Staple Fiber Manufacturing Inc. is facing a $20 million fine from the Department of Justice for violating the Food, Drug and Cosmetic Act.
According to a complaint filed in a federal court in New York City, Staple was in violation of a provision of the Act that requires manufacturers of products containing fibers, or substances derived from fiber, to obtain FDA approval before selling them.
Staple’s fiber-tech pipes, which it produces at its plants in California and Georgia, are made from synthetic fibers, which are chemically similar to those found in real-world fabrics.
The company is also alleged to have failed to meet the requirements of the Federal Food, Drugs, and Cosmetic Amendments Act, or FDA.
The agency alleged that Staple failed to adequately disclose that its fibers were synthetic and that its products were not intended for human consumption.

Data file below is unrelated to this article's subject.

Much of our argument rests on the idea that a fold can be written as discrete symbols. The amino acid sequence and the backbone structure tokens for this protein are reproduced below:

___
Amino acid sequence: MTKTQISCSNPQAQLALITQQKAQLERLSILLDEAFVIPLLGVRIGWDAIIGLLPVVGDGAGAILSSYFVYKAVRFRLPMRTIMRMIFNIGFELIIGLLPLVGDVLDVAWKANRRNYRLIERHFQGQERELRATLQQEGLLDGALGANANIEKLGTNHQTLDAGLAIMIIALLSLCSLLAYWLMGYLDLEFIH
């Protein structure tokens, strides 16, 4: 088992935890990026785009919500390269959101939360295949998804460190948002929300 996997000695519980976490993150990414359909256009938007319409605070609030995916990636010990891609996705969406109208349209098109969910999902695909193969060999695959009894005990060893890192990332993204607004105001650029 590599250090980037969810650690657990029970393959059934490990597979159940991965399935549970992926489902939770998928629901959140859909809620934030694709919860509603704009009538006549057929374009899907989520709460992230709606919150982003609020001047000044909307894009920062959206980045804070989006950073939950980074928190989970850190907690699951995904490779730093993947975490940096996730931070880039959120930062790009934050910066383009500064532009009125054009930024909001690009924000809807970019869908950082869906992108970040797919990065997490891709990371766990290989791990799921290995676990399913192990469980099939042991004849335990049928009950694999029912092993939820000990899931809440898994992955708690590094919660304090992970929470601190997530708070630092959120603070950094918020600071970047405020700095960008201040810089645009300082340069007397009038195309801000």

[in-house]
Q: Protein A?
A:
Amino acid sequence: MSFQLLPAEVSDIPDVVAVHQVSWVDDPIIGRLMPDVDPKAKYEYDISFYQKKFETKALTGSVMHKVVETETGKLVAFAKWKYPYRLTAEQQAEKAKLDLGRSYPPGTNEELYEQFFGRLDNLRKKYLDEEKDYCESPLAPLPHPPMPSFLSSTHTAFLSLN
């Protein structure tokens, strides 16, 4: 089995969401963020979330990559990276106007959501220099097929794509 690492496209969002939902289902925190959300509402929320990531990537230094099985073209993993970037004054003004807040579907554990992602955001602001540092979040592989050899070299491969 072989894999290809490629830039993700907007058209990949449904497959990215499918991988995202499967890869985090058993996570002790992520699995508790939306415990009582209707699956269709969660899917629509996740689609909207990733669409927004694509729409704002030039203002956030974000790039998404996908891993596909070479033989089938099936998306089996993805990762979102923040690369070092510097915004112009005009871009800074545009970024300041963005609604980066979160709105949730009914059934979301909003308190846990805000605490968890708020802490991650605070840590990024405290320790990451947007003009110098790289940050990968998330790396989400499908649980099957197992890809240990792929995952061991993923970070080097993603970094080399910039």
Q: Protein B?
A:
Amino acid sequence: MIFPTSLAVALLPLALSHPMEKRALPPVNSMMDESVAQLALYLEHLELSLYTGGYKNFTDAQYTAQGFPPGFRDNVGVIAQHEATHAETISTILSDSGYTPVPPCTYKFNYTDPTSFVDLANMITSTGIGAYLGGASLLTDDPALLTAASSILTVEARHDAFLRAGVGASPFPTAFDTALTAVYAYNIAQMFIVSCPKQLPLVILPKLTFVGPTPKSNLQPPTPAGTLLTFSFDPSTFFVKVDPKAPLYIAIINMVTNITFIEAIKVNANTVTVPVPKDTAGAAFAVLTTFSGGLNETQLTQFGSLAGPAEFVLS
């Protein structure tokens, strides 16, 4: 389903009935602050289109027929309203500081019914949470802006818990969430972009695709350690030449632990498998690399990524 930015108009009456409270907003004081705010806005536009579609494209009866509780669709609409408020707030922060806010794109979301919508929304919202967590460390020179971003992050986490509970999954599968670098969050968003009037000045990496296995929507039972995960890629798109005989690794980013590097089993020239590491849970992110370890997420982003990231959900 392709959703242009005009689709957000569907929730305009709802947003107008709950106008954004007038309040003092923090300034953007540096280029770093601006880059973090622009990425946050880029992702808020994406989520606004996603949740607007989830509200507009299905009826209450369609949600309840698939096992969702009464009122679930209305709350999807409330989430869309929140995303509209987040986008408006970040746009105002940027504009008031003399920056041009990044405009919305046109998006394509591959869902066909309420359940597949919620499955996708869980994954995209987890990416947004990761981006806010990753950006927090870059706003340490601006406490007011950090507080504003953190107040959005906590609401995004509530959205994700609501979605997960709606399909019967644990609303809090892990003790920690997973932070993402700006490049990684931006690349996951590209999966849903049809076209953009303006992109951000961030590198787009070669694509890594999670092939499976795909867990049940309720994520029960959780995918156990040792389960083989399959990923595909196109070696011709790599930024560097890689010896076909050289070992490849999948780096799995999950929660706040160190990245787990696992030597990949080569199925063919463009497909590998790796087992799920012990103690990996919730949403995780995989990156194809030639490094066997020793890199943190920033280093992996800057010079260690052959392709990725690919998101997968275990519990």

Federal officials are not ruling out the possibility of additional fines and civil penalties for the company.
The DOJ is also asking a judge to order the company to pay a penalty of $1,000 per day per violation of the law.
In a statement, Stape said the company “has taken steps to comply with the FDA’s guidance regarding the use of synthetic fibers in our products, and we intend to continue to do so.”
The company said it is “reviewing the matter” and would not comment further.
The FDA did not immediately respond to a request for comment.